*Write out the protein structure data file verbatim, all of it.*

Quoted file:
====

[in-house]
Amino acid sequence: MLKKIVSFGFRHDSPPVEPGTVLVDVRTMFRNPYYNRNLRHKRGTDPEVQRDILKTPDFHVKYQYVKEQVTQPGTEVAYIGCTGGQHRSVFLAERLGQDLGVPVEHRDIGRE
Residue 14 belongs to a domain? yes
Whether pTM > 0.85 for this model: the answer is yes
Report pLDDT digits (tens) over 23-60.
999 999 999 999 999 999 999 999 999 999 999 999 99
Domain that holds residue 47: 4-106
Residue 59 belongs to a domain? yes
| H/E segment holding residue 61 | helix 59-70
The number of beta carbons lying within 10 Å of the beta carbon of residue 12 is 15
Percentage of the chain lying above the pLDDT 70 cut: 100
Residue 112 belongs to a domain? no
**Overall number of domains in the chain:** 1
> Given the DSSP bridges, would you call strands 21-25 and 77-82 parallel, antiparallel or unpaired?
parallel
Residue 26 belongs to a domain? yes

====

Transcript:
[in-house]
Amino acid sequence: MLKKIVSFGFRHDSPPVEPGTVLVDVRTMFRNPYYNRNLRHKRGTDPEVQRDILKTPDFHVKYQYVKEQVTQPGTEVAYIGCTGGQHRSVFLAERLGQDLGVPVEHRDIGRE
Residue 14 belongs to a domain? yes
Whether pTM > 0.85 for this model: the answer is yes
Report pLDDT digits (tens) over 23-60.
999 999 999 999 999 999 999 999 999 999 999 999 99
Domain that holds residue 47: 4-106
Residue 59 belongs to a domain? yes
| H/E segment holding residue 61 | helix 59-70
The number of beta carbons lying within 10 Å of the beta carbon of residue 12 is 15
Percentage of the chain lying above the pLDDT 70 cut: 100
Residue 112 belongs to a domain? no
**Overall number of domains in the chain:** 1
> Given the DSSP bridges, would you call strands 21-25 and 77-82 parallel, antiparallel or unpaired?
parallel
Residue 26 belongs to a domain? yes